Enhancing and escalating the classic tale without losing the essence of the author’s message, Prince Caspian’s account is an engaging escape to a magical world best suited for older fans of C.S. Lewis.

Starring Georgie Henley, Skandar Keynes, William Moseley, Anna Popplewell. Running time: 150 minutes. Theatrical release May 15, 2008. Updated

Watch the trailer for The Chronicles of Narnia - Prince Caspian

The Chronicles of Narnia - Prince Caspian
Rating & Content Info

Why is The Chronicles of Narnia - Prince Caspian rated PG? The Chronicles of Narnia - Prince Caspian is rated PG by the MPAA The MPAA has rated The Chronicles of Narnia: Prince Caspian PG for epic battle action and violence.

Based on the imaginative, meandering novel of C.S. Lewis, this tale intensifies the depictions and the amount of violence between the Narnians and Telmarines. Swordplay, impaling, hand-to-hand conflict and epic battles are often intense. A wild animal attacks a child. Characters, including animals, are shot with arrows, clubbed or slashed with swords. One man is decapitated. Numerous other individuals are killed. The characters also deal with human challenges of revenge, pride and fear. Bare chests of men and a child are seen. A brief scene of childbirth is shown.

Page last updated

The Chronicles of Narnia - Prince Caspian Parents' Guide

What challenges do each of the children face when they return to Narnia? Why is Lucy able to see Aslan when the others are not? What individual talents do each of them develop?

Many of the creatures in Narnia no longer speak because they have been treated like dumb animals. How can the treatment of a person or animal affect the way they behave?

What does Prince Caspian learn about nobility and honor? How is his own honor challenged?

Loved this movie? Try these books…

The Pevensie siblings have their first adventures in Narnia in CS Lewis’ The Lion, the Witch and the Wardrobe. They return to Narnia in Prince Caspian. Caspian’s further adventures are told in The Voyage of the Dawn Treader. And we learn about Prince Caspian’s son in The Silver Chair.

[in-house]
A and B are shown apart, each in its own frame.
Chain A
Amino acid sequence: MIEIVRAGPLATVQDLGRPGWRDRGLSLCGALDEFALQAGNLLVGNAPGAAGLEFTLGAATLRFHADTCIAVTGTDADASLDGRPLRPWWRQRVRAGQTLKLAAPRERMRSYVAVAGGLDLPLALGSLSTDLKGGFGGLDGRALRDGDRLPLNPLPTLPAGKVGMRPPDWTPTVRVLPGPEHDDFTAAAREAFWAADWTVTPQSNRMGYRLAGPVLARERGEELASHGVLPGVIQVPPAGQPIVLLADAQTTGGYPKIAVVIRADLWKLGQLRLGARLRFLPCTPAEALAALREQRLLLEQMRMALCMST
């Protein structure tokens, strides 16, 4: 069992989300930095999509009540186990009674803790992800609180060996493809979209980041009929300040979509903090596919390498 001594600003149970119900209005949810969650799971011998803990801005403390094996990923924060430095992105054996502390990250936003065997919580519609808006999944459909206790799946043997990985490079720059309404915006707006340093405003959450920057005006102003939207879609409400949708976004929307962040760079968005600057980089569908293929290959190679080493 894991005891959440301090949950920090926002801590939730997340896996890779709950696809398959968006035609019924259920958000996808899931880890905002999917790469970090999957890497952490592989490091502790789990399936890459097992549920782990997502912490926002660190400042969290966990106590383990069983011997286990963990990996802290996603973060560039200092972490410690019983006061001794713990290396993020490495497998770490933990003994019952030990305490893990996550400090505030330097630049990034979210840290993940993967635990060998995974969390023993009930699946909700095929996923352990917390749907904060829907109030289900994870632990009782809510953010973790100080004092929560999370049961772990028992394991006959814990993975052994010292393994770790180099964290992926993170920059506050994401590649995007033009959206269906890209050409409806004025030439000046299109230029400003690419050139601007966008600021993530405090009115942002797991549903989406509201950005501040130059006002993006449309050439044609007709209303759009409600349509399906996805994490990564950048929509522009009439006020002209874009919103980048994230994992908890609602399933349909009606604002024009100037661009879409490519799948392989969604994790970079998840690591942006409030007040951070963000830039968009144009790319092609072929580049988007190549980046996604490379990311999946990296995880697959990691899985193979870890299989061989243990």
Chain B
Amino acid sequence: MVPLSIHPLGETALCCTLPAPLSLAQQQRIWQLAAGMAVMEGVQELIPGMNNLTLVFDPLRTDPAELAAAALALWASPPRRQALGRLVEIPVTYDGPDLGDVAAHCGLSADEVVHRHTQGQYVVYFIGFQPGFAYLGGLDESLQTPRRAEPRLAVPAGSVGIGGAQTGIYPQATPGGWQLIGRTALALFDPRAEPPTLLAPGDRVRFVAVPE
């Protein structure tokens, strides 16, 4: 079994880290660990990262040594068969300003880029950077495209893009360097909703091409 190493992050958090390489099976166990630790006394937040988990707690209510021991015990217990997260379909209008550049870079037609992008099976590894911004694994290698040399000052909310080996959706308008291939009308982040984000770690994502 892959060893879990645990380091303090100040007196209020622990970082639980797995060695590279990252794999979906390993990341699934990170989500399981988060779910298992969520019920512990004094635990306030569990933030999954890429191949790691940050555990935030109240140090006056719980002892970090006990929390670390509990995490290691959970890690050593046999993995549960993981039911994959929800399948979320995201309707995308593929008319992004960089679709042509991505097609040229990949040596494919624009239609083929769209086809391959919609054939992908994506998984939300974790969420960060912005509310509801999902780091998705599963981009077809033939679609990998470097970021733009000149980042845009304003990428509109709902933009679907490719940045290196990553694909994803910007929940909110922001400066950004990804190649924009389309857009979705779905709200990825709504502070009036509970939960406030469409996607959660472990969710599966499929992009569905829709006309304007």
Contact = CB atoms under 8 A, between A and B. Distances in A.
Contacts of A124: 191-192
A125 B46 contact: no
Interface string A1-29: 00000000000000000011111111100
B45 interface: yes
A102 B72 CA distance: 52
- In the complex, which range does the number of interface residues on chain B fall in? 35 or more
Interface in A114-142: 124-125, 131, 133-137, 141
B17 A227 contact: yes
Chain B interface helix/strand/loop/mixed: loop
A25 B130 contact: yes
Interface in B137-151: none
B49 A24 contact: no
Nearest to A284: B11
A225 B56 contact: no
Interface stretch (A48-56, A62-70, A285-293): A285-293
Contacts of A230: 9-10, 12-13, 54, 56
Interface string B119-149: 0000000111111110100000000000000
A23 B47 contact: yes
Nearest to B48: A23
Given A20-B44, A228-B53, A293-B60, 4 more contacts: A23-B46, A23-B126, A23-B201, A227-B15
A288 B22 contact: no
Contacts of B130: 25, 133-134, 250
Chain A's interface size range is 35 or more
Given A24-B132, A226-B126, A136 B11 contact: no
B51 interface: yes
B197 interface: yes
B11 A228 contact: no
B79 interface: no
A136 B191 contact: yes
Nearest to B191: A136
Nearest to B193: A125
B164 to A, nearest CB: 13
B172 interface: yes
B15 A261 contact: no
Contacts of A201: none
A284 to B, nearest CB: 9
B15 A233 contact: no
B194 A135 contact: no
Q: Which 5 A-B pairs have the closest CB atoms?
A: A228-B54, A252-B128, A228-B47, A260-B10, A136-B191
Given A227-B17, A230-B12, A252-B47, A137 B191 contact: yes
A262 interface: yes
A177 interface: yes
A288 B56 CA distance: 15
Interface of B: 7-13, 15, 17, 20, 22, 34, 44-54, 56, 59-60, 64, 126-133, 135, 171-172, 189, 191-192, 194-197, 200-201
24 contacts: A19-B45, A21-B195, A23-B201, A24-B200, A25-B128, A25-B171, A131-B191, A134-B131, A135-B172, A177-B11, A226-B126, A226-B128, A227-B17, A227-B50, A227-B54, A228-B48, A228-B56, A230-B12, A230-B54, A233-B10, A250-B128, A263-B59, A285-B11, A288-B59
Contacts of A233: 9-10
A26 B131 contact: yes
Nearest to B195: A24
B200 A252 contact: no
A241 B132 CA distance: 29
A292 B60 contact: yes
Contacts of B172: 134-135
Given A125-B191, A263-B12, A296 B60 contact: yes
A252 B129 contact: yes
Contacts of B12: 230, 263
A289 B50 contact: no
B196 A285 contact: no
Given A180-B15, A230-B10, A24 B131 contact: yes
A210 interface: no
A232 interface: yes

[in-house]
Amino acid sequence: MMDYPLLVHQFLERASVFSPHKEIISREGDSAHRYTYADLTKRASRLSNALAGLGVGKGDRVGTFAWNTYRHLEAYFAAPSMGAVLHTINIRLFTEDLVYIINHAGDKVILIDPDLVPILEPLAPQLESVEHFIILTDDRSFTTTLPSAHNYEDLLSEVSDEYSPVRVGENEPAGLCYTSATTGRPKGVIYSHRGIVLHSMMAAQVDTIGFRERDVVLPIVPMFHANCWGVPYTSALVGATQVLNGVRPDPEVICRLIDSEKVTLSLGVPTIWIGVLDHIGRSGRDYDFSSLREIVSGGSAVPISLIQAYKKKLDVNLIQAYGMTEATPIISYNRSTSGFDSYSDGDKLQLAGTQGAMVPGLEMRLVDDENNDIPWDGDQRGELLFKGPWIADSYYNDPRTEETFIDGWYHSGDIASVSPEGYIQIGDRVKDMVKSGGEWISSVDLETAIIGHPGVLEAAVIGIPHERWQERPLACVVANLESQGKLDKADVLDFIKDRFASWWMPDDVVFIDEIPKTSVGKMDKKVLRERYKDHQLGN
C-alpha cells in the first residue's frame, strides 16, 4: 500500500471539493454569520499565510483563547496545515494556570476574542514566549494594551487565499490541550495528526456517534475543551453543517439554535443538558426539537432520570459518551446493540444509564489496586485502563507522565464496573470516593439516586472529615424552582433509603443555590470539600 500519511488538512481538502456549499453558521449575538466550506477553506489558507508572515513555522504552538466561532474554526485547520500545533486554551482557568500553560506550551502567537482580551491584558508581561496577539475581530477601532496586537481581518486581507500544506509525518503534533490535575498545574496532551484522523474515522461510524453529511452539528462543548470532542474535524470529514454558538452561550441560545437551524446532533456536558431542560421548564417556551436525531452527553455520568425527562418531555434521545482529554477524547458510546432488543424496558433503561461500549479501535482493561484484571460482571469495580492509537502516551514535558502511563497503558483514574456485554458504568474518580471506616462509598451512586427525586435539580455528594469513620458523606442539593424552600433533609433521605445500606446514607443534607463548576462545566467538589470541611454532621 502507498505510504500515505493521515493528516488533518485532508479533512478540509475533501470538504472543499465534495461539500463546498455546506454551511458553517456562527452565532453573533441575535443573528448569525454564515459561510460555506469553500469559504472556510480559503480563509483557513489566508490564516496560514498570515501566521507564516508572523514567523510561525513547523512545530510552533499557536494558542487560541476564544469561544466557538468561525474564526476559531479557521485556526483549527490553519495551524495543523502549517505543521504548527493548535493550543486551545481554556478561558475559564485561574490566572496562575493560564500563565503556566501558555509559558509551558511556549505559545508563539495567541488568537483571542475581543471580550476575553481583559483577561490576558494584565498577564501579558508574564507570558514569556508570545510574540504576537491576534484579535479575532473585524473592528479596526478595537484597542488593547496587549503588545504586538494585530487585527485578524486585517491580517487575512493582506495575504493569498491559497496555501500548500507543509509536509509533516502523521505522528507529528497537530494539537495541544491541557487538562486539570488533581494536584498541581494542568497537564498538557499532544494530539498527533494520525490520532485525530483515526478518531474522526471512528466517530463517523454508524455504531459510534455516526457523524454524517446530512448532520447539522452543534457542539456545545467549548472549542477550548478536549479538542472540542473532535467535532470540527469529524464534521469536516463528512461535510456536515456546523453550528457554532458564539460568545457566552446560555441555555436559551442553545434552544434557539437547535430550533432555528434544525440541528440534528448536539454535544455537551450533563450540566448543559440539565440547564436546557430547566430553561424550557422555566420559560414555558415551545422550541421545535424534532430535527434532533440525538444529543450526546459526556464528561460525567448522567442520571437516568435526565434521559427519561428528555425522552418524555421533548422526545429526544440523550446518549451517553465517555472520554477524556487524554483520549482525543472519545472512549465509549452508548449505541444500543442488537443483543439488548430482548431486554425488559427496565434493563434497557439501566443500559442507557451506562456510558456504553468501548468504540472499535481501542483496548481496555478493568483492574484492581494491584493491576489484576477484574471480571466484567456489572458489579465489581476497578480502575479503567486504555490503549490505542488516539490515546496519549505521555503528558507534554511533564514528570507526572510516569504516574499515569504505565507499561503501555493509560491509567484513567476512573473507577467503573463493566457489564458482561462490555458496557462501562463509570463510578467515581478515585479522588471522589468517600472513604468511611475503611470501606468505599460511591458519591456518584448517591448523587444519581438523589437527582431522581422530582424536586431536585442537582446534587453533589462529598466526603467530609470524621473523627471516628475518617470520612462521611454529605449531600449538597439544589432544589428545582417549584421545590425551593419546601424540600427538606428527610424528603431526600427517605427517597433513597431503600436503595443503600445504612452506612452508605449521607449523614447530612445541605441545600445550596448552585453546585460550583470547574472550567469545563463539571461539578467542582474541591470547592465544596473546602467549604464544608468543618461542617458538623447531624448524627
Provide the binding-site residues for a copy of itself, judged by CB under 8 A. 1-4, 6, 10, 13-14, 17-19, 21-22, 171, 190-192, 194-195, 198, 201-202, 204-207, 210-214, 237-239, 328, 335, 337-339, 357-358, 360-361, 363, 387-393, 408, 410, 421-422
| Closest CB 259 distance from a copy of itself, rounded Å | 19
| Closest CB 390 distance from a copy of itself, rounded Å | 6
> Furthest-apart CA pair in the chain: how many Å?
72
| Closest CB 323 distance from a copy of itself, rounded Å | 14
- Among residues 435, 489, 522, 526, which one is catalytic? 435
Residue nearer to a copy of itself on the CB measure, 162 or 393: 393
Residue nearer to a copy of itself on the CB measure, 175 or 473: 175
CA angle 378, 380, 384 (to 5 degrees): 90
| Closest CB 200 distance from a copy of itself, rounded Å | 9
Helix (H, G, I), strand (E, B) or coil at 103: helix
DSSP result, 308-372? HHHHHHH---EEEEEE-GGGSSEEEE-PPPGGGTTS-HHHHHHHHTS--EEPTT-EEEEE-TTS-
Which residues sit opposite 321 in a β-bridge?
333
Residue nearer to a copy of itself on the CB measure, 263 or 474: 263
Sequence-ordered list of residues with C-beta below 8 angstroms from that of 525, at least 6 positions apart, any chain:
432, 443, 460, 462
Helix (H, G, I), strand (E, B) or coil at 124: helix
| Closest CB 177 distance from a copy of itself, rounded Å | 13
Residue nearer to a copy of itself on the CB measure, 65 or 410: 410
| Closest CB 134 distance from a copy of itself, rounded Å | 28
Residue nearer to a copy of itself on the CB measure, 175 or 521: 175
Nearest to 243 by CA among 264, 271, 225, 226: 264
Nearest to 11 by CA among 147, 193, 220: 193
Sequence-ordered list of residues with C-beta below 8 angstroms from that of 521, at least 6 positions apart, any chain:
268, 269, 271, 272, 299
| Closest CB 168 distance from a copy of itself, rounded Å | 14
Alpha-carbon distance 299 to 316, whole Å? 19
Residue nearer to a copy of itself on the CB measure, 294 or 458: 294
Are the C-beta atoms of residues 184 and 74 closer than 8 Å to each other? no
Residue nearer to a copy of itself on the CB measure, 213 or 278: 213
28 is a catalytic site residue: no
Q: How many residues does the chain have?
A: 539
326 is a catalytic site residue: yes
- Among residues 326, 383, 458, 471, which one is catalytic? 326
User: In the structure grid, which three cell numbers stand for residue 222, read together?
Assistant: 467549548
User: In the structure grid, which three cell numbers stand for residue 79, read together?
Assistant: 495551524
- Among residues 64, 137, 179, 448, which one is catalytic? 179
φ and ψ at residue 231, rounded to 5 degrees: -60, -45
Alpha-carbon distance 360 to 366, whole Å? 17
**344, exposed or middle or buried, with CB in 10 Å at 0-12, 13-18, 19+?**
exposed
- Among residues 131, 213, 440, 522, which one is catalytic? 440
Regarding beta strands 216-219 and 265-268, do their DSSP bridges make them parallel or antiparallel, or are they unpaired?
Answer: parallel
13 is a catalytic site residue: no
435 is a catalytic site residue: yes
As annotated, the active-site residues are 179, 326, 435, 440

Readers who enjoy CS Lewis’ world building in Narnia will likely enjoy the works of his friend and fellow academic, JRR Tolkien. The Lord of the Rings remains a classic novel for everyone who wants to get lost in a world of adventure involving hobbits, elves, dwarves, trolls, evil sorcerers, wizards, and kings. The Hobbit, which precedes The Lord of the Rings, is more suitable for younger readers.

Kids who get a kick out of Reepicheep and the fighting mice can turn to Brian Jacques’ Redwall. The first in an extensive series, this novel tells the story of the mice of Redwall Abbey who must organize to fight the vicious rats from the outer world.

Usurpers and a stolen crown come to the fore in Jennifer Nielsen’s The False Prince. The royal family is dead and their youngest son presumed dead after a shipwreck four years ago. Lord Conner decides to purchase and train a group of orphans and place one of them on the throne. Will he succeed or will the rightful prince return?

Another royal fights against a usurper in Shannon Hale’s The Goose Girl. In this tale, a princess’s lady in waiting attempts to kill her on the journey to her royal marriage. Fearing for her life, the princess works as a goose girl while she plans how to reclaim her identity.

Home Video

The most recent home video release of The Chronicles of Narnia - Prince Caspian movie is December 1, 2008. Here are some details…

The Chronicles of Narnia - Prince Caspian releases to DVD on December 1, 2008.

Related home video titles:

The Chronicles of Narnia: The Lion, The Witch and The Wardrobe introduces four young children who discover a secret passage in a wardrobe that leads to the land of Narnia. This movie is followed by The Chronicles of Narnia: The Voyage of the Dawn Treader. Peter Dinklage who plays a dwarf in this film also stars as a mad scientist in Underdog, an unscrupulous reporter in Penelope and a grumpy author in Elf.

Related news about The Chronicles of Narnia - Prince Caspian

Summer Is Perfect Time to Encourage Reading

Summer Is Perfect Time to Encourage Reading


13 Reasons Why and the Portrayal of Teen Suicide.

13 Reasons Why and the Portrayal of Teen Suicide.


Archery Catches Fire Outside the Theater

Archery Catches Fire Outside the Theater


10 Family Films That Celebrate Siblings

10 Family Films That Celebrate Siblings